Born in Ohio, I escaped to Colorado in 2017.
Out of school I worked R&D for construction products. I helped develop a method for analytically estimating composite wall panel strength, designed high load test fixtures, lead products to market, and destroyed a lot of concrete (on purpose).
In my current role at Syncroness, I have designed waterproof optics enclosures for an unmanned ground vehicle, modified a medical disposable, and currently lead a community outreach pro bono effort.
BS Mechanical Engineering, 2015
Dayton Superior manufactures hundreds of millions of dollars in commercial construction equipment each year worldwide. Notably, it supplied rebar splices for the new One World Trade Center.
Lead engineer for several product lines, responsible for the design, development, testing, and project management of over $10M worth of engineered SKUs. Communicated with remote employees to successfully launch a new concrete anchor for the Australian tilt-up construction industry. Modeled injection-molded, die-cast, and machined parts in SolidWorks using design tables for Finite Element Analysis (FEA) through enterprise PDM. Designed for manufacturing with new products, and revisited older ones for cost-reduction.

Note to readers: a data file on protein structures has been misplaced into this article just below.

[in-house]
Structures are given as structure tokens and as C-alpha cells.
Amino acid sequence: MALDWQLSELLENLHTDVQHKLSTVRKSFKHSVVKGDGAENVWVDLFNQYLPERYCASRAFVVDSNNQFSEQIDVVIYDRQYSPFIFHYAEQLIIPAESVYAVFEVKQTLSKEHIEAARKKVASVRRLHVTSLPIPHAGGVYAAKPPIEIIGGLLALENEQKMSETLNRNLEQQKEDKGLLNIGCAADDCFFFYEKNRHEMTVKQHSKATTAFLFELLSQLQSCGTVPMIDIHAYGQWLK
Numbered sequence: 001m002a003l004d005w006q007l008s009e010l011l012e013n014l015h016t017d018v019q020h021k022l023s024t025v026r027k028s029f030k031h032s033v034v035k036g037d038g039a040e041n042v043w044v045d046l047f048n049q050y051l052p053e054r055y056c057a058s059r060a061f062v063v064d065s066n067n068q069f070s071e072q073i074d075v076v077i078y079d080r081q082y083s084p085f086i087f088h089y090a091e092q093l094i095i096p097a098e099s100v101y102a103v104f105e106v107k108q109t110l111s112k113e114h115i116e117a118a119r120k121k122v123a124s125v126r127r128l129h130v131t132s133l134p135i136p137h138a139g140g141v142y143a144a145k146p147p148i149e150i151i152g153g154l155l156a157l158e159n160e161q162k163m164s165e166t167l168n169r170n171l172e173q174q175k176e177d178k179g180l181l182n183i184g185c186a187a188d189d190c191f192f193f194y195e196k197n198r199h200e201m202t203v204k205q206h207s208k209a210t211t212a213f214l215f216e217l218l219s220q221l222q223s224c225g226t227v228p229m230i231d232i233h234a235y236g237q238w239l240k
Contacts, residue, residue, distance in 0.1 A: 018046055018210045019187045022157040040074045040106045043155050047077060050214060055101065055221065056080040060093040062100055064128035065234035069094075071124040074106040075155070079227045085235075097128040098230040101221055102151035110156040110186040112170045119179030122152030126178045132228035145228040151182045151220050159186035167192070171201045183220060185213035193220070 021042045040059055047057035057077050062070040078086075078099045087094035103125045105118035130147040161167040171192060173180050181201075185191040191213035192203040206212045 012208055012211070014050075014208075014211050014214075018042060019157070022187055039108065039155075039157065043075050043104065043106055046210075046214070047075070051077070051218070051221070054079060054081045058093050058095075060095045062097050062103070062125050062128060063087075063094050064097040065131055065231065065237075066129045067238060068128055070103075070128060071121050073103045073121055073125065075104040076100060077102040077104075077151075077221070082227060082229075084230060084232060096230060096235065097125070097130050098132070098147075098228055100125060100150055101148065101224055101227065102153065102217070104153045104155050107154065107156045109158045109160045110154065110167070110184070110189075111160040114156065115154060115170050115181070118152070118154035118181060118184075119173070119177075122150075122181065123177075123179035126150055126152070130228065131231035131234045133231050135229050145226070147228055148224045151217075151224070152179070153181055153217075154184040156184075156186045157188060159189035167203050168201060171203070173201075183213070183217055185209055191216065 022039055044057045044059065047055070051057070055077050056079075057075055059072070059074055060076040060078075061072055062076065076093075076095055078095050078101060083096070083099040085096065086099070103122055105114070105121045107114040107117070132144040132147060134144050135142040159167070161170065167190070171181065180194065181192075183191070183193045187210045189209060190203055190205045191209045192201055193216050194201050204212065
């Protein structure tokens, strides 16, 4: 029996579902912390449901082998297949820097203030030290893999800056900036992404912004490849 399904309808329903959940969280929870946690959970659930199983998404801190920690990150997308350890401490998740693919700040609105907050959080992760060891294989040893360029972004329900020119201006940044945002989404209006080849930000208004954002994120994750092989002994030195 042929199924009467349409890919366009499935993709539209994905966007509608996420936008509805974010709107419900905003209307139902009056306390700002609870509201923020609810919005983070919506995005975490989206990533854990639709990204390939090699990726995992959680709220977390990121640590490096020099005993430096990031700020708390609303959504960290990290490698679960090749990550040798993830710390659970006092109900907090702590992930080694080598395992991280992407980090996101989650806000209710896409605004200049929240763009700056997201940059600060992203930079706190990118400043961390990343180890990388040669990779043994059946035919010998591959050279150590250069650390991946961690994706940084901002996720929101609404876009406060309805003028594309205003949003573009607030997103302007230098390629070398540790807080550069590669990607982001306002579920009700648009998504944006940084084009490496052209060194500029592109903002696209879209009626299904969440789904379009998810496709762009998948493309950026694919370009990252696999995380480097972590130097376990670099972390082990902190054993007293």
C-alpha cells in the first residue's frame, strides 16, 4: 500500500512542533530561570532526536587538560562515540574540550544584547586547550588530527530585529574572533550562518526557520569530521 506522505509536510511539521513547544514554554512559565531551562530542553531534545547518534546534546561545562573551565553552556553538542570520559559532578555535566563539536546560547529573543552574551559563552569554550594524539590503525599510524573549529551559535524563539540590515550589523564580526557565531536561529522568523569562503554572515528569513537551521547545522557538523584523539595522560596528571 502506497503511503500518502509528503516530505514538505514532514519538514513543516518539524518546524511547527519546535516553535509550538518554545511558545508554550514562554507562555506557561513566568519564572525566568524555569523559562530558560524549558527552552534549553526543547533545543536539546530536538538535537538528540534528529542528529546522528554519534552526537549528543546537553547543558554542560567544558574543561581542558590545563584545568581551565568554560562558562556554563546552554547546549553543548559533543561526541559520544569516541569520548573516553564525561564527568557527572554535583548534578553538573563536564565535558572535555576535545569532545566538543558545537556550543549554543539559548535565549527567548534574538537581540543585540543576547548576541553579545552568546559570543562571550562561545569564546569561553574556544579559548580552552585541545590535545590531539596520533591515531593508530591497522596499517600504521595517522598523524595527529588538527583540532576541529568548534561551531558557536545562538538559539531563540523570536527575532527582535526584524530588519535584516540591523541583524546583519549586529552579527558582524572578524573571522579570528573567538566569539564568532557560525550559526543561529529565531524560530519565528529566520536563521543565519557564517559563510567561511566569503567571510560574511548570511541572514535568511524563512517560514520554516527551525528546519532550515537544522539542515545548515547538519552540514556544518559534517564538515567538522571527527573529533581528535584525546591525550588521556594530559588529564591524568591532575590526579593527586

SolidWorks, Creo, Fusion 360, Inventor, PDM
Requirements to data transfer
Big and small
Injection molding to sheet metal
IPXX, optics, sensitive components, EMI
Agile and flexible
Foundation in the basics of engineering
Capitalize on the existing
Balance theory with doing
Design for cost savings or speed
Automations and calculations in Mathcad and Python
Hobbyist level interest in networking, Linux, and web development
Conference presented research on microscopic surfaces to prevent frost buildup in heat exchangers
Okamoto, N., Sommers, A., Tineo, I., Petty, C., DiBlasio, D., Carlson, J., 2016, “Using Patterned Surface Wettability for Improved Frosting/Defrosting Performance,” 2016 ASHRAE Winter Conference, Orlando, FL, January 23-27, Paper No. 18073. (abstract accepted)